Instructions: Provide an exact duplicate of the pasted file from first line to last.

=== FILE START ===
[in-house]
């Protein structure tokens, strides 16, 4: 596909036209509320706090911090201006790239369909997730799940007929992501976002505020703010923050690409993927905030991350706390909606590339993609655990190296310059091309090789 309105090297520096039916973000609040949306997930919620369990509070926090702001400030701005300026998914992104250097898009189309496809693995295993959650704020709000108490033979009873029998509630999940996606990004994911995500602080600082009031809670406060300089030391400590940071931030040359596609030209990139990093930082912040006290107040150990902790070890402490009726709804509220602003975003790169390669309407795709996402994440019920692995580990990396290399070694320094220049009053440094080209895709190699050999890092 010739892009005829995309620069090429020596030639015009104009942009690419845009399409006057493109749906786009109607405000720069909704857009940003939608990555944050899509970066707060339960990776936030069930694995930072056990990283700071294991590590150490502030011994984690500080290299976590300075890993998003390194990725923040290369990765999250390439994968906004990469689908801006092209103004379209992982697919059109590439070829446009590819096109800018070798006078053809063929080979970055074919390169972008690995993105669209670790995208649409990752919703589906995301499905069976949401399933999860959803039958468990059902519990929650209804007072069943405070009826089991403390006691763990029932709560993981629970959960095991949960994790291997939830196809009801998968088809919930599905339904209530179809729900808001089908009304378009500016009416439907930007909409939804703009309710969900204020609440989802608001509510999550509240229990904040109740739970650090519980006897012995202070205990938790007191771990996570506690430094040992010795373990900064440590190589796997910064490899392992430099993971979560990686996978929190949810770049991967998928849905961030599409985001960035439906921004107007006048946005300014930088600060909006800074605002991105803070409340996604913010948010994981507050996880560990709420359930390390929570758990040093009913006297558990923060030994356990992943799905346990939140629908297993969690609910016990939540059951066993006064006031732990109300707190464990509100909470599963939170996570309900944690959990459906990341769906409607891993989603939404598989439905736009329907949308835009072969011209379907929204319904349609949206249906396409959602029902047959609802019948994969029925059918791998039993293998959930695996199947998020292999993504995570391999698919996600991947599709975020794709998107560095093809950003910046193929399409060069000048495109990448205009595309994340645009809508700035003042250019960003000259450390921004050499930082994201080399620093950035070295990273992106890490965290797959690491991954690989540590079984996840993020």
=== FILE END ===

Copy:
[in-house]
């Protein structure tokens, strides 16, 4: 596909036209509320706090911090201006790239369909997730799940007929992501976002505020703010923050690409993927905030991350706390909606590339993609655990190296310059091309090789 309105090297520096039916973000609040949306997930919620369990509070926090702001400030701005300026998914992104250097898009189309496809693995295993959650704020709000108490033979009873029998509630999940996606990004994911995500602080600082009031809670406060300089030391400590940071931030040359596609030209990139990093930082912040006290107040150990902790070890402490009726709804509220602003975003790169390669309407795709996402994440019920692995580990990396290399070694320094220049009053440094080209895709190699050999890092 010739892009005829995309620069090429020596030639015009104009942009690419845009399409006057493109749906786009109607405000720069909704857009940003939608990555944050899509970066707060339960990776936030069930694995930072056990990283700071294991590590150490502030011994984690500080290299976590300075890993998003390194990725923040290369990765999250390439994968906004990469689908801006092209103004379209992982697919059109590439070829446009590819096109800018070798006078053809063929080979970055074919390169972008690995993105669209670790995208649409990752919703589906995301499905069976949401399933999860959803039958468990059902519990929650209804007072069943405070009826089991403390006691763990029932709560993981629970959960095991949960994790291997939830196809009801998968088809919930599905339904209530179809729900808001089908009304378009500016009416439907930007909409939804703009309710969900204020609440989802608001509510999550509240229990904040109740739970650090519980006897012995202070205990938790007191771990996570506690430094040992010795373990900064440590190589796997910064490899392992430099993971979560990686996978929190949810770049991967998928849905961030599409985001960035439906921004107007006048946005300014930088600060909006800074605002991105803070409340996604913010948010994981507050996880560990709420359930390390929570758990040093009913006297558990923060030994356990992943799905346990939140629908297993969690609910016990939540059951066993006064006031732990109300707190464990509100909470599963939170996570309900944690959990459906990341769906409607891993989603939404598989439905736009329907949308835009072969011209379907929204319904349609949206249906396409959602029902047959609802019948994969029925059918791998039993293998959930695996199947998020292999993504995570391999698919996600991947599709975020794709998107560095093809950003910046193929399409060069000048495109990448205009595309994340645009809508700035003042250019960003000259450390921004050499930082994201080399620093950035070295990273992106890490965290797959690491991954690989540590079984996840993020």